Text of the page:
Chateau Neuf du Pape!

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Robert swore in fine wine tones. 
Chateau Neuf du Pape!” he'd proclaim with the hint of a flare. 
Robert had an extensive vocabulary and liked to rub it in. He was superior. Excuse me.
I lived with Robert briefly in 1985. Me and my boyfriend Billy. It was a tiny apartment in the back of an abandoned storefront. Billy and I slept on a futon stuffed in an alcove carved into one side of the hallway. We had to bend our knees to lie down even though we were short.  
Robert was impatient with us. He said we didn't do our "fair share." We knew when he was mad: He ignored us loudly - usually within banging distance. 
Robert's bed was over the kitchen. He had to climb a ladder to get to it. The bathroom was down some steps. It had a claw-footed bathtub that lured me with warm bubbles. Scented candles crowded a shelf attached to the wall. Scattered on the floor lay a collection of gay porn magazines.
Hard to look at. Hard not to. 
Robert was tall and slight and looked older than he should have for his twenty-three years. He called himself an artist and wore a black beret and round wire-rimmed glasses under a shock of unnaturally white/blonde hair. His skin was pale as if it had never seen the sun. He was easy to pick out in a crowd.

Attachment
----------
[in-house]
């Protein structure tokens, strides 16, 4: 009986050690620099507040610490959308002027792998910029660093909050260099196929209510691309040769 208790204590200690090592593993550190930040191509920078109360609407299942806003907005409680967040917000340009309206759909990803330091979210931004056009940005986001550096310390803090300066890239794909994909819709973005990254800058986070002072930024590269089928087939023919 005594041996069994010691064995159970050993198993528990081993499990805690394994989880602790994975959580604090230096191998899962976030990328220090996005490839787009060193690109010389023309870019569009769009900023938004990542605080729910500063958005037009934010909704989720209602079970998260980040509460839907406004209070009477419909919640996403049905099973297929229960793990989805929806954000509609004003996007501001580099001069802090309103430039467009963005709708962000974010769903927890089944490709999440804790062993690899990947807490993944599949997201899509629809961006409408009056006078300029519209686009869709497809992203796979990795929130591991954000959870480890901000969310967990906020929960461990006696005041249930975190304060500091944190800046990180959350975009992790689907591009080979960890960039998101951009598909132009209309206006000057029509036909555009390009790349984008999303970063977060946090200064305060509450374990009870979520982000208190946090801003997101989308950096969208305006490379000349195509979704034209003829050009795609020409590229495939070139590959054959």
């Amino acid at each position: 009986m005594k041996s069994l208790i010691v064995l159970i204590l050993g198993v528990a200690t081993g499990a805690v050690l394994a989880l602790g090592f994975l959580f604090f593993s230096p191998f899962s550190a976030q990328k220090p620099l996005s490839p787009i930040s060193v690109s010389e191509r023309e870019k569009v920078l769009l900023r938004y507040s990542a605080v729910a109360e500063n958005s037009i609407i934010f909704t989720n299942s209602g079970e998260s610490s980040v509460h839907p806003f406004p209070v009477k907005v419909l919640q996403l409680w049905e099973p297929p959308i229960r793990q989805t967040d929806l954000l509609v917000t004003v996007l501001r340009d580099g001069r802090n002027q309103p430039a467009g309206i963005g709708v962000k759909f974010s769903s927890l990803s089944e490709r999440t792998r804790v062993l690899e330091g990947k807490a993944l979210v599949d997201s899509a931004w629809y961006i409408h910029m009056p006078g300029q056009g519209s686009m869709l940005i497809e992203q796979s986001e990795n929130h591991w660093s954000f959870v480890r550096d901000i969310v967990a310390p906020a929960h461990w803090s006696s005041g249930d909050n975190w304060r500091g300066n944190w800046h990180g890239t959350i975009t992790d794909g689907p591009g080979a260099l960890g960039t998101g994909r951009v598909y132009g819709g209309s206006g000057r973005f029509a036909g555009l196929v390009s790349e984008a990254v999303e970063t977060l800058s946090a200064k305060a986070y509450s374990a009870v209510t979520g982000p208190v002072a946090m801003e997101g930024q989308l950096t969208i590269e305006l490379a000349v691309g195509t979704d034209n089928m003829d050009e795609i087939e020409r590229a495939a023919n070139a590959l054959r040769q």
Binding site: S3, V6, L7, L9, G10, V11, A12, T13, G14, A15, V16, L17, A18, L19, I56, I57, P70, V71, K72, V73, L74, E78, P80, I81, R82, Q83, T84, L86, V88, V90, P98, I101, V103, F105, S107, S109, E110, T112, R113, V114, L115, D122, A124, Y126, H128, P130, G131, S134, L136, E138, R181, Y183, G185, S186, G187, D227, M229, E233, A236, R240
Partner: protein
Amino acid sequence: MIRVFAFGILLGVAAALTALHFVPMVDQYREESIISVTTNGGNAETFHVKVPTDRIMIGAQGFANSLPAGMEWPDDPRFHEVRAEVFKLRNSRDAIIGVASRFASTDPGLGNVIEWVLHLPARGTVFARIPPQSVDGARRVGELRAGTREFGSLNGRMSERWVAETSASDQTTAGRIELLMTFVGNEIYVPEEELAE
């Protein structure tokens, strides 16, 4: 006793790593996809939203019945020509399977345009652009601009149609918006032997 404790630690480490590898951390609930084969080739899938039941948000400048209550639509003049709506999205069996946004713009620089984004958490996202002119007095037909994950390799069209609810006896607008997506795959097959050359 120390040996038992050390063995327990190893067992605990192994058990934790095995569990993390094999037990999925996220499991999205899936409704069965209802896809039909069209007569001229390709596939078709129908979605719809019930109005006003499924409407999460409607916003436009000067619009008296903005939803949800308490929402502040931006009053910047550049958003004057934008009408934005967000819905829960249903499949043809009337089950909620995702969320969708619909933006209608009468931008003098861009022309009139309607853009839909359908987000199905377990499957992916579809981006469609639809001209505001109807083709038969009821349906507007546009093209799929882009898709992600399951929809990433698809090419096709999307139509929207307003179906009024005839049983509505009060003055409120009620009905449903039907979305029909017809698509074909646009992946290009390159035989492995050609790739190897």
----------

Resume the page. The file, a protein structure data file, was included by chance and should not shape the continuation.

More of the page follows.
At night, sometimes even on cold evenings, Robert put on his long wool coat, donned his beret just so, and went out. Billy said he went to the Wall. The one near the train station. Billy told him it was dangerous and not to go but he went anyway and did things gay men do, but with men he didn’t know.
Robert hung out at a nightclub on the edge of town. Billy and I strung along at times. Jubilant gay men packed the place. Wild-eyed and dancing to Donna Summer like there was no tomorrow. It was a giddy time. These men were "out" of the closet and out on the town. 
The last time I saw Robert he still wore a beret but his sunlit mane was gone. His cheekbones were too sharp. It had been two years. He sat on a bench in front of a church, one leg crossed over the other. Beyond the black rod iron fence behind him was a small graveyard. The kind with gravestones older than your ancestors, half tipped over and leaning askew, their once deep etchings all but erased. No matter. Those people stopped being missed a long time ago. 
Robert was happy to see me, I think. I asked him how he was.  
"Just dandy," he said with a sideways smirk. 
He seized a drag from his cigarette like he had just came up for air. I had my camera and snapped a picture. In the darkroom, the photo revealed itself in the tray of developer. The rod iron bars behind Robert looked like a prison. He was the last thing to come into focus.
Robert died of AIDS soon after. So did so many young men like him.